By Marlene Weaver
Faculty Member, Management at American Public University
Education is the backbone of success. However, once you step foot into your first working environment, finding and using a good mentor is a huge bonus toward your future.
As a young high school graduate entering the world of governmental business at the age of 18, I thought I was sailing. I was a GS-2 earning $6,000 a year. My supervisor was a 50 year-old woman. She had no children and she liked me. She thought I worked hard and fast and she had faith in my future. I wasn’t sure why, but I was happy. She routinely talked to me about taking a few college courses to help me progress faster. She explained that if I take business courses, the government would assist in paying the bill and it would help me to get promoted. I actually took her advice and enrolled in the local college. Day after day I would watch her in meetings and wonder if I would ever be able to do what she did.
For the next five years, she assisted me through my career steps, ensuring that I had the tools I needed to get to the next level. I was able to ask for her advice about anything at any time. Now, more than 40 years later, I still send her cards and greetings. At my formal retirement from the government in 2010, I spoke about her and the influence she had in my young life. Throughout those early years of my career, she often pointed me in the right direction, read over my job applications and reminded me that you never get a second chance to make a good first impression. She somehow gave me confidence every step of the way. She wasn’t my mother, she wasn’t my best friend, but she was a fantastic mentor.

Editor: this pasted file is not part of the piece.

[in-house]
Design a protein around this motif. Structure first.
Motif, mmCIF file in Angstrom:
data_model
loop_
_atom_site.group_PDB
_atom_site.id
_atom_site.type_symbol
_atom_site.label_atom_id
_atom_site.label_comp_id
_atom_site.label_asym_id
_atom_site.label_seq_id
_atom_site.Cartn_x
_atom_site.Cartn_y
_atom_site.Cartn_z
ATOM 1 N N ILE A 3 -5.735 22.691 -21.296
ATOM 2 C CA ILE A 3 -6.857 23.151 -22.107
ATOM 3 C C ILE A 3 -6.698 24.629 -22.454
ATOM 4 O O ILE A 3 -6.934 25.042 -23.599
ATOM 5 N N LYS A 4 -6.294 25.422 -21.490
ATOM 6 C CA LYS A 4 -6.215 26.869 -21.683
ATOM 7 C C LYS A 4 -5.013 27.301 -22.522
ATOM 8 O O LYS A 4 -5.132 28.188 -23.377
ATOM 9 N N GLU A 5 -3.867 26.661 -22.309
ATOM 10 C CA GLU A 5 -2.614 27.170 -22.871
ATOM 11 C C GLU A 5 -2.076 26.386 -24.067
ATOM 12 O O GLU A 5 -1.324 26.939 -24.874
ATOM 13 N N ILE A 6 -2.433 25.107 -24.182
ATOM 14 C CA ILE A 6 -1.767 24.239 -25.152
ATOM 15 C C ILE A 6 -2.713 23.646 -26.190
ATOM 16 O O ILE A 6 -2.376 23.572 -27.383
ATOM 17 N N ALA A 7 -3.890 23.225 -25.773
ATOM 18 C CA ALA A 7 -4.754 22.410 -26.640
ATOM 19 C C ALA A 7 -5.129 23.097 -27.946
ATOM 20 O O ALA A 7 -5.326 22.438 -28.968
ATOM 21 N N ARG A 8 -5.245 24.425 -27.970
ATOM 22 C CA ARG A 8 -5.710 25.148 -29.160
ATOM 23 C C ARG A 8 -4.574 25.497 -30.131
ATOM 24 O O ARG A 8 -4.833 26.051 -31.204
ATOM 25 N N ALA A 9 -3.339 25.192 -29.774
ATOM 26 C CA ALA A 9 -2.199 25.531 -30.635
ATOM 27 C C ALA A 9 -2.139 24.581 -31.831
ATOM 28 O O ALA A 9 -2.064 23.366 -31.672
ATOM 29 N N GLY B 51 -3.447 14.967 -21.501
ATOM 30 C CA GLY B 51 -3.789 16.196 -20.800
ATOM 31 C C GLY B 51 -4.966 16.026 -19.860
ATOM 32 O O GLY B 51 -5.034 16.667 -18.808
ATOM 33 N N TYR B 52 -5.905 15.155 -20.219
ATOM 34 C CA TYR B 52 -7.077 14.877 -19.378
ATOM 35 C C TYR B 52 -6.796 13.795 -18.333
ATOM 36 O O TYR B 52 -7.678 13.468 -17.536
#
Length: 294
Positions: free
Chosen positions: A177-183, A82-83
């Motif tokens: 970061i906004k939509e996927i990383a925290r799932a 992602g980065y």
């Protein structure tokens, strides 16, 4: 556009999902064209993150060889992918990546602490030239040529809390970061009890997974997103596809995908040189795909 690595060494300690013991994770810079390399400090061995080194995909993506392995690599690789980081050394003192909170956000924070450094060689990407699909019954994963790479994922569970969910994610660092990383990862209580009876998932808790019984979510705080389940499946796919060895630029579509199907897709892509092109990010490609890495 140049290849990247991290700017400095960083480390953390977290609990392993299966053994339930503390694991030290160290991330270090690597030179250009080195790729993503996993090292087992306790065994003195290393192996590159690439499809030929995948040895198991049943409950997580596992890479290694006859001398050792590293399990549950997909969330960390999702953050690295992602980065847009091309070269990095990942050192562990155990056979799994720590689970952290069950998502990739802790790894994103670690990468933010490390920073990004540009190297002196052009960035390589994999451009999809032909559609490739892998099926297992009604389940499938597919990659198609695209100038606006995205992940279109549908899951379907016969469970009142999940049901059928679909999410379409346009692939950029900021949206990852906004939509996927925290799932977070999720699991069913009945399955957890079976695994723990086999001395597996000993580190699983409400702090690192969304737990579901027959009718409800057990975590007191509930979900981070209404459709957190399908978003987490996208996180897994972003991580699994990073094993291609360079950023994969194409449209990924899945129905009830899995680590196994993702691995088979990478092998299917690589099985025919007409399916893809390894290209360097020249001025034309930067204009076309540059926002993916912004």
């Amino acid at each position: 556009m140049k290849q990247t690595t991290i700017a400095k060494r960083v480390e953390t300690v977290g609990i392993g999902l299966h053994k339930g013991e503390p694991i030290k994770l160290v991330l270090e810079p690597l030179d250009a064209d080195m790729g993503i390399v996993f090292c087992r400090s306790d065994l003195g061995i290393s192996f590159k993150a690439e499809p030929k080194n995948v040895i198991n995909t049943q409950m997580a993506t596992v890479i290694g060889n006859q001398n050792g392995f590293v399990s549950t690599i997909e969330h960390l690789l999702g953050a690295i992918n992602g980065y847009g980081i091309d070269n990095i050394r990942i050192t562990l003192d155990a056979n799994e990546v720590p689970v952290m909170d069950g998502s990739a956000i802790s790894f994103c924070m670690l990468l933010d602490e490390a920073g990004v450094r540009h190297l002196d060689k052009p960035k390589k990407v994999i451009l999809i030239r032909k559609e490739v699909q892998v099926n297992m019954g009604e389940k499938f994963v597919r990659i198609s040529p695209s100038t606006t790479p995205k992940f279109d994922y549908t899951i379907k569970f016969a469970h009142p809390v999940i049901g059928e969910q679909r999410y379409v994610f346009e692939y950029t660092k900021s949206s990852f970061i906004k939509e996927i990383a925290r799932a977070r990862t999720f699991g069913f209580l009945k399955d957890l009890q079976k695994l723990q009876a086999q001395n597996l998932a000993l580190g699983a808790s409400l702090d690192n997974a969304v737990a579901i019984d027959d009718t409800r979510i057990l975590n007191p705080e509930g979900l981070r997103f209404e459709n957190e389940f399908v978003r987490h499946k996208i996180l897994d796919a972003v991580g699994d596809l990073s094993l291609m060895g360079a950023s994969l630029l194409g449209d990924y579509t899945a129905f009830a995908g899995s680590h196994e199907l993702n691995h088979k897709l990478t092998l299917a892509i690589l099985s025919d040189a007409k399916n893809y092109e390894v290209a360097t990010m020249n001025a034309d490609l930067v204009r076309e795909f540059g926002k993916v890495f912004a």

A mentor’s purpose in your professional life is to be a career coach. They’re a reliable source for industry insight, networking connections, and they are there to look out for your best interest. A mentor is removed from your personal life and has a broad view from experience of the overall organization or educational system you are pursuing. You may not think you need one, but they will be an asset you will always appreciate.
Several years into my career, my mentor retired. A few degrees later, and many GS grades higher, I then became the mentor to others as she was to me. I found myself latching on to a few of my favorite employees through the years to give them the boost they needed in some areas.
Find someone in your field or educational program that you highly respect and wish to emulate and ask them to be your mentor. Another avenue would be through associations like the National Mentoring Partnership. Really study your ideal mentor to see that their ethics and ideals align with your own. Be sure they are knowledgeable and well respected in their field. Whoever you choose will most likely be flattered and up for the challenge, but the ultimate and invaluable payoff will be yours.
About the author
Marlene Weaver has over 30 years of management and business experience with the Department of Defense (DoD). She has worked primarily in financial management and human resource management with a vast variety of seminar teaching in new financial programs and various appropriation law courses.
Ready When You Are
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